Source: National Defense Magazine / Mandy Mayfield – January 28, 2019
Sarcos Robotics announced a new battery-powered robotic suit that can operate using lithium-ion batteries and enable the wearer to lift up to 200 pounds for several hours.
The Salt Lake City-based company, which has spent 17 years and invested more than $175 million in exoskeleton research and development, is touting the system for its reduction in power consumption.
“We are seeing 400 watts of power being used instead of 3,500 or 6,800, which now allows us to use fairly traditional lithium-ion batteries to get up to eight hours of usage,” Ben Wolff, chairman and CEO of Sarcos Robotics, said in an interview.
There are three batteries mounted on the back of the machine, each of which weighs between 10 and 15 pounds, Wolff said.
“We’ve designed the suit so you can hot swap the batteries in the field so that you can continue the mission,” he noted.
It should take a user anywhere from 30 to 60 seconds to suit up. Once on, the equipment is fully mobile, able to traverse smooth or challenging terrain, he said.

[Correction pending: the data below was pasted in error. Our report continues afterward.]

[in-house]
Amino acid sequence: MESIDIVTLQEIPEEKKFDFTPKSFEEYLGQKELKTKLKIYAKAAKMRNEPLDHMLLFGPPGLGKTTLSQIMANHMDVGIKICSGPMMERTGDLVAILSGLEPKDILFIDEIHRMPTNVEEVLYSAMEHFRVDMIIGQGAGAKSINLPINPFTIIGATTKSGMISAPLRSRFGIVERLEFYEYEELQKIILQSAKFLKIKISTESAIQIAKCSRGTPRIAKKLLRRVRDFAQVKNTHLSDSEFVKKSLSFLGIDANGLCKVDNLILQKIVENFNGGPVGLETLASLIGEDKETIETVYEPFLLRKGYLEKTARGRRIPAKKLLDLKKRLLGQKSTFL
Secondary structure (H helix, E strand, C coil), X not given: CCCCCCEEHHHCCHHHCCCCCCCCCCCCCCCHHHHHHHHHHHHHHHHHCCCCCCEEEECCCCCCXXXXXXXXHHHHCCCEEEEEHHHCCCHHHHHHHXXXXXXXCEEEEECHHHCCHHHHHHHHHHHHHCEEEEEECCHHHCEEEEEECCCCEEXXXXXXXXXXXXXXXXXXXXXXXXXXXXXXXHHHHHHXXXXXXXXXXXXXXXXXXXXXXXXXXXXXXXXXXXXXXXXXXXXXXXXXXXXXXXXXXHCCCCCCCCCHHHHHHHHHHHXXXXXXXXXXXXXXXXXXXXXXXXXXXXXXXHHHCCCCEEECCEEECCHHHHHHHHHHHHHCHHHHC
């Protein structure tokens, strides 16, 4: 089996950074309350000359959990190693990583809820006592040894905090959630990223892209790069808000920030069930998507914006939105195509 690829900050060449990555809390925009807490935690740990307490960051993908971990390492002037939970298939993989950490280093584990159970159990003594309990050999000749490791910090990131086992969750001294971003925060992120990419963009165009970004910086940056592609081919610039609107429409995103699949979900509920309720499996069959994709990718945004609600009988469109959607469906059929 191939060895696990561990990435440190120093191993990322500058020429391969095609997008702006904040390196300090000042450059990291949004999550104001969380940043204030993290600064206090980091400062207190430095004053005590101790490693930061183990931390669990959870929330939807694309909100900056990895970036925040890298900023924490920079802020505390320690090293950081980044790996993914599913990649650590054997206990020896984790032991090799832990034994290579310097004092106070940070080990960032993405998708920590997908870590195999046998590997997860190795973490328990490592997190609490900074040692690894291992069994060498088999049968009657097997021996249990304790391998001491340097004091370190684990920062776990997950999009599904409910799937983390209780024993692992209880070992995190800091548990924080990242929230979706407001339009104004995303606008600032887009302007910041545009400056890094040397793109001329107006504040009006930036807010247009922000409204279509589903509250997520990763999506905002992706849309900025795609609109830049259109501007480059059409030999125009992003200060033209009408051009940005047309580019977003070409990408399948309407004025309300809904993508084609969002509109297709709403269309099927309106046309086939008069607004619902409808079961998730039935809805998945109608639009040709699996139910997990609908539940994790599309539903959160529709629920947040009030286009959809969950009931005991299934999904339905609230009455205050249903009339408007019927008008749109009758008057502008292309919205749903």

“Our machine is intended not only to enhance endurance, but also strength and dexterity,” he added. “Inclement weather, mud, snow — those kinds of challenging environmental conditions are what this machine was intended to be able to work in.”
While the company is pushing to get the suit out to commercial customers by the end of 2019, it continues to develop systems for the Defense Department.
Sarcos is working with the Air Force to modify its exoskeleton to fit the military’s needs. It has two contracts with the service so far.
“We are working with the Air Force on a logistics version of our suit,” Wolff said.
The company is also working with U.S. Special Operations Command to help deliver a prototype of the highly-anticipated tactical assault light operator suit, Wolff confirmed.
The suit, also known as TALOS, has been in development since 2013. The exoskeleton is intended to protect special operators during raids. It is expected to thwart small arms fire or bomb blasts. It would also provide support for physically exhausting activities such as climbing multiple flights of stairs or carrying heavy loads.
A TALOS prototype is slated to be demonstrated in 2019, SOCOM leaders said last year.
Wolff declined to provide further details on the company’s work with the command.